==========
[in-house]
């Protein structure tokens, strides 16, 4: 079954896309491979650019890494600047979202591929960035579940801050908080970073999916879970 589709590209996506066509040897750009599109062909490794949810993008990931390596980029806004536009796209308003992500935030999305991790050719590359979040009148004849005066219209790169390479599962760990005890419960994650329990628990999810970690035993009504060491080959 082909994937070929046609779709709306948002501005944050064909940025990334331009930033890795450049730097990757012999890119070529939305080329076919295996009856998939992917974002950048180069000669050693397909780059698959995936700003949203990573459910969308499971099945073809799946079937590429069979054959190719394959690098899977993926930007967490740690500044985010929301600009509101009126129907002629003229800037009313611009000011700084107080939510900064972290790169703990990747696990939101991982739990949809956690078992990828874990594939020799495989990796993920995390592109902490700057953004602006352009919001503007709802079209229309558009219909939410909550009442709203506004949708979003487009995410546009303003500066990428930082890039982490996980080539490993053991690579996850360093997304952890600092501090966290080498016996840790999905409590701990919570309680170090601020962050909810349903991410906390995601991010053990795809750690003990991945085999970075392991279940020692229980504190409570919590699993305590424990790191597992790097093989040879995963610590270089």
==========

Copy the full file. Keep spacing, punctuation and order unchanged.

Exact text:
[in-house]
């Protein structure tokens, strides 16, 4: 079954896309491979650019890494600047979202591929960035579940801050908080970073999916879970 589709590209996506066509040897750009599109062909490794949810993008990931390596980029806004536009796209308003992500935030999305991790050719590359979040009148004849005066219209790169390479599962760990005890419960994650329990628990999810970690035993009504060491080959 082909994937070929046609779709709306948002501005944050064909940025990334331009930033890795450049730097990757012999890119070529939305080329076919295996009856998939992917974002950048180069000669050693397909780059698959995936700003949203990573459910969308499971099945073809799946079937590429069979054959190719394959690098899977993926930007967490740690500044985010929301600009509101009126129907002629003229800037009313611009000011700084107080939510900064972290790169703990990747696990939101991982739990949809956690078992990828874990594939020799495989990796993920995390592109902490700057953004602006352009919001503007709802079209229309558009219909939410909550009442709203506004949708979003487009995410546009303003500066990428930082890039982490996980080539490993053991690579996850360093997304952890600092501090966290080498016996840790999905409590701990919570309680170090601020962050909810349903991410906390995601991010053990795809750690003990991945085999970075392991279940020692229980504190409570919590699993305590424990790191597992790097093989040879995963610590270089």